November 27, 2013
Many Parents Unaware About Medical Research Opportunities For Their Children
Alan McStravick for redOrbit.com - Your Universe Online
[ Watch the Video: Two-Thirds of Parents Unaware Of Medical Research Opportunities ]A recent poll shows that roughly 44 percent of parents polled claimed they would enroll their child into medical research involving the testing of new medications or vaccines if their child suffered from the disease being studied. That figure jumped to over 75 percent when the research being conducted involved questions on mental health or diet and nutrition. So why is it only five percent of parents claim they have signed their children up for medical research?
It’s a no-brainer that children’s healthcare can only improve through medical research. The University of Michigan C.S. Mott Children’s Hospital National Poll on Children’s Health, which surveyed 1,420 parents with a child or children between birth and 17 years of age, claims awareness of medical research opportunities accounts for the low percentage of participants. Greater than 66 percent of parents polled stated they were not aware of research opportunities for their children. In fact, the poll shows parents who are aware of medical research opportunities are far more likely to have their children take part.
“Children have a better chance of living healthier lives because of vaccinations, new medications and new diagnostic tests. But we wouldn’t have those tools without medical research,” says Matthew M. Davis, MD, MAPP, director of the National Poll on Children’s Health and professor of pediatrics and internal medicine in the University of Michigan Health System.
“With this poll, we wanted to understand parents’ willingness to allow their children to participate in medical research. The good news is that willingness is far higher than the current level of actual engagement in research. This means there is great opportunity for the medical research community to reach out to families and encourage them to take part in improving medical care.”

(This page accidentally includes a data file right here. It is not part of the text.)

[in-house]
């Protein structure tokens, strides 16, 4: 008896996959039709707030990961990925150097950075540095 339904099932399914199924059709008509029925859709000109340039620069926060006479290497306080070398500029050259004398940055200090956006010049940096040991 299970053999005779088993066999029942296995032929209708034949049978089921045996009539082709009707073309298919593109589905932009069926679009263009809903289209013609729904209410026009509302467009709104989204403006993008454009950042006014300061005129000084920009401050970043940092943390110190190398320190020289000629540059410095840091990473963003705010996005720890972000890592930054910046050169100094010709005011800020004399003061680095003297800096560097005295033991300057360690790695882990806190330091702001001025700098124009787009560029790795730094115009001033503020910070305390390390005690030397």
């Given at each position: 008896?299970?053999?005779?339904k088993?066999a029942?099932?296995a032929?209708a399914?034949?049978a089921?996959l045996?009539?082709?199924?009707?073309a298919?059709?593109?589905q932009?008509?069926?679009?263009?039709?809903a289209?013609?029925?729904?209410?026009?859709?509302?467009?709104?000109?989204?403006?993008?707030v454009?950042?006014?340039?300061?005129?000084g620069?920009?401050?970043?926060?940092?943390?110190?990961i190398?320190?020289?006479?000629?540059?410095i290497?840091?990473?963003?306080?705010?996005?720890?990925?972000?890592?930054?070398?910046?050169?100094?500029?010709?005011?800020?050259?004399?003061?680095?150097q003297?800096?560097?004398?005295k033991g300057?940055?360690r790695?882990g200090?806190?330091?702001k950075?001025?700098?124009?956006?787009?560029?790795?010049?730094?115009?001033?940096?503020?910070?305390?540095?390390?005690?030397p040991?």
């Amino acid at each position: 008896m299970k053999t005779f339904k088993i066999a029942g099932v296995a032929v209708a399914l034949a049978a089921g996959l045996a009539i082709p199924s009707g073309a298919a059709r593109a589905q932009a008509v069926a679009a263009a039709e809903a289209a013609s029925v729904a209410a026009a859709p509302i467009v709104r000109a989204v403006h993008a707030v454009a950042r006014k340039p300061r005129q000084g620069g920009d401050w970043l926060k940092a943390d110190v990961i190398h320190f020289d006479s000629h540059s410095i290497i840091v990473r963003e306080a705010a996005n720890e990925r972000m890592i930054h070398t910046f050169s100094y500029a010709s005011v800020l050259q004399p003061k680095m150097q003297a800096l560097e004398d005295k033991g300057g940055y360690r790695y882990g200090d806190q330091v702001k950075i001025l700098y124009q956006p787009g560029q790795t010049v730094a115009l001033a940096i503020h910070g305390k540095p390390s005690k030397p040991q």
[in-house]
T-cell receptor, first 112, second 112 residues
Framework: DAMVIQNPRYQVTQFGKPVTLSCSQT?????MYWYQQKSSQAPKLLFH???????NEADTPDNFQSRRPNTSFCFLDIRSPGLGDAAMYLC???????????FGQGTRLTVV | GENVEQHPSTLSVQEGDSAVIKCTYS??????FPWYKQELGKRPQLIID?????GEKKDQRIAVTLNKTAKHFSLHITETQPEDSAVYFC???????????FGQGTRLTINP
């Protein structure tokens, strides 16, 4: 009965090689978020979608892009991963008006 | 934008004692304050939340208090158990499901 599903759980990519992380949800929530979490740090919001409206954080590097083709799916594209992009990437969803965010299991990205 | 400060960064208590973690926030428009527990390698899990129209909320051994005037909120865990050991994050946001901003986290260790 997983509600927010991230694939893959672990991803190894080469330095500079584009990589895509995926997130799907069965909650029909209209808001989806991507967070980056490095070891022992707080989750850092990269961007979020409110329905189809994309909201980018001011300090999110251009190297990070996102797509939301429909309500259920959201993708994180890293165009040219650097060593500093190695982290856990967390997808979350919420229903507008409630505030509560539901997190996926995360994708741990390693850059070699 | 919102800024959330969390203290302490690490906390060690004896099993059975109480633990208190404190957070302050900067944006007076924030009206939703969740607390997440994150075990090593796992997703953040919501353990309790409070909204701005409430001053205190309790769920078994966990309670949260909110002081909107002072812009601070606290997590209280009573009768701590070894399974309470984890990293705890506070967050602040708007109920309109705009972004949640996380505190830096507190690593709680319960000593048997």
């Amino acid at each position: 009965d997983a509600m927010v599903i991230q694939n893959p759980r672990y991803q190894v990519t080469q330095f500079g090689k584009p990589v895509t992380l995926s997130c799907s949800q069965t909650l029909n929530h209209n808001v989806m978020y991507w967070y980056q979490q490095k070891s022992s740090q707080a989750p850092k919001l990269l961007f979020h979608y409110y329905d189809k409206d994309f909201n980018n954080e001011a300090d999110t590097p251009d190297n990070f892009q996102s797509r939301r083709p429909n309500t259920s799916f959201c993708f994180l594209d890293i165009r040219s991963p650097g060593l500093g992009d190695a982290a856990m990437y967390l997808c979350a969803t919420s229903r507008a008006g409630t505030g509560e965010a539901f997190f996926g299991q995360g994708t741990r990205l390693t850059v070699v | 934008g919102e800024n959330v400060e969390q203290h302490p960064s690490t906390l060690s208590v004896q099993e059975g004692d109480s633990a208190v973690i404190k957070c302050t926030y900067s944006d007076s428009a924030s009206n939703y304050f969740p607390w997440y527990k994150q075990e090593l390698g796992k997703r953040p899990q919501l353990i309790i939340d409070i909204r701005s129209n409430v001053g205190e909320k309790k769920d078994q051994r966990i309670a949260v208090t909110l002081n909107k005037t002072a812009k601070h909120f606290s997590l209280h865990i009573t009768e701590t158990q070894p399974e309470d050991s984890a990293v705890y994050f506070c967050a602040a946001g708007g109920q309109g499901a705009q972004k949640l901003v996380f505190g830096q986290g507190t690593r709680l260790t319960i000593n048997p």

As mentioned above, the poll differentiated between types of studies and found the willingness of the parents to allow their children to participate was affected by this differentiation. Studies aimed at nutrition and mental illnesses were more positively favored by the parents. However, parents were more reticent about subjecting their children to studies which involved exposure to new medicines or vaccines.
This poll specifically targeted the level of participation by children in medical research since 2007. Over the previous 5 years, the proportion of families where the children have actually taken part in medical research has basically remained unchanged. The figure was four percent in 2007. In both last year’s results and the results reported this year, that figure was only at five percent.
“Five percent of families with children participating may not be enough to support important research efforts that the public has identified in previous polls – things like cures and treatments for childhood cancer, diabetes and assessing the safety of medications and vaccines,” says Davis, who also is professor of public policy at the Gerald R. Ford School of Public Policy.
“But the results indicate that a much bigger percentage of the public does understand the importance of medical research to advancing healthcare for children.”
Though parents in the poll claim they would be willing to allow their children to participate in studies, researchers are too often at a loss of obtaining a significant sample size that could lead to a real difference in healthcare discoveries. If the poll is to be believed, it seems the medical research community needs to focus as much energy on marketing their studies as they do carrying them out.
“This poll shows that the research community needs to step up and find ways to better reach parents about opportunities for children to participate, answer parents’ questions about benefits and risks of participation, and potentially broaden the types of studies available,” Davis says.